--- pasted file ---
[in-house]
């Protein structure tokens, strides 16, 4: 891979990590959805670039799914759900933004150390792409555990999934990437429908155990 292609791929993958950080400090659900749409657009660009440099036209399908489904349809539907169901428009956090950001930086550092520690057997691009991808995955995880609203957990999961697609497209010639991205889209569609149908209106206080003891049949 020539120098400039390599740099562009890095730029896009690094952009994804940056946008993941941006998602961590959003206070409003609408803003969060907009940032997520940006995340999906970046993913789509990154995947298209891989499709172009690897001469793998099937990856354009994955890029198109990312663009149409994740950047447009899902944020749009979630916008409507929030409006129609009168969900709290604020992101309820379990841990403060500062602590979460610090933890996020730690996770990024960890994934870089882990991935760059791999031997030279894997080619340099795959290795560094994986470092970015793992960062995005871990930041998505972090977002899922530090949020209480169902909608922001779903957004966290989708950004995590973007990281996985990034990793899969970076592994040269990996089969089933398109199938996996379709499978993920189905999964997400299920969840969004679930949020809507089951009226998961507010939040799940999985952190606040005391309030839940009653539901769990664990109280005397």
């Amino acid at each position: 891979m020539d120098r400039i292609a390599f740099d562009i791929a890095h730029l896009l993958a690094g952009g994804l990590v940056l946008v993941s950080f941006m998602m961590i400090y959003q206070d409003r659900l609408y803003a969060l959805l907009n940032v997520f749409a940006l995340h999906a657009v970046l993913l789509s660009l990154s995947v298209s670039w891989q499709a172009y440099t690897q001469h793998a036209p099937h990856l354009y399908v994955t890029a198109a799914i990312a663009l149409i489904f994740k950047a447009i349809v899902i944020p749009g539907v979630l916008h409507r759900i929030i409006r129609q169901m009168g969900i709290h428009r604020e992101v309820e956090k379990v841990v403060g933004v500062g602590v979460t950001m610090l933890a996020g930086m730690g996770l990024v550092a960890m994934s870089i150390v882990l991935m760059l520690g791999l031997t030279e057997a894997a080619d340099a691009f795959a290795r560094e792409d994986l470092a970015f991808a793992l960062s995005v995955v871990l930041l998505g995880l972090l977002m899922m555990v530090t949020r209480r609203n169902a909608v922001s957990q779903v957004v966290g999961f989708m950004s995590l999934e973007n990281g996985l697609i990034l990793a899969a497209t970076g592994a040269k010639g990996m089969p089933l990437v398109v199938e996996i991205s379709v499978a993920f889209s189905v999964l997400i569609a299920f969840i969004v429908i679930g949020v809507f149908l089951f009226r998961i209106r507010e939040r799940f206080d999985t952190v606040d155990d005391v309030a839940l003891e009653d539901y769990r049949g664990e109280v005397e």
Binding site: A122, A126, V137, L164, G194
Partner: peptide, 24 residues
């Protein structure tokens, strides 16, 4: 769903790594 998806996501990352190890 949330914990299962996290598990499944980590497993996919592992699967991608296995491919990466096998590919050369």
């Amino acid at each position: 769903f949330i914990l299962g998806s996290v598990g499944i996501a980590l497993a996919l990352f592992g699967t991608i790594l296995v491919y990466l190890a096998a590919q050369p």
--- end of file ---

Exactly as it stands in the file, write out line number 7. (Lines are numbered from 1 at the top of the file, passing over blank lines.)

């Amino acid at each position: 769903f949330i914990l299962g998806s996290v598990g499944i996501a980590l497993a996919l990352f592992g699967t991608i790594l296995v491919y990466l190890a096998a590919q050369p």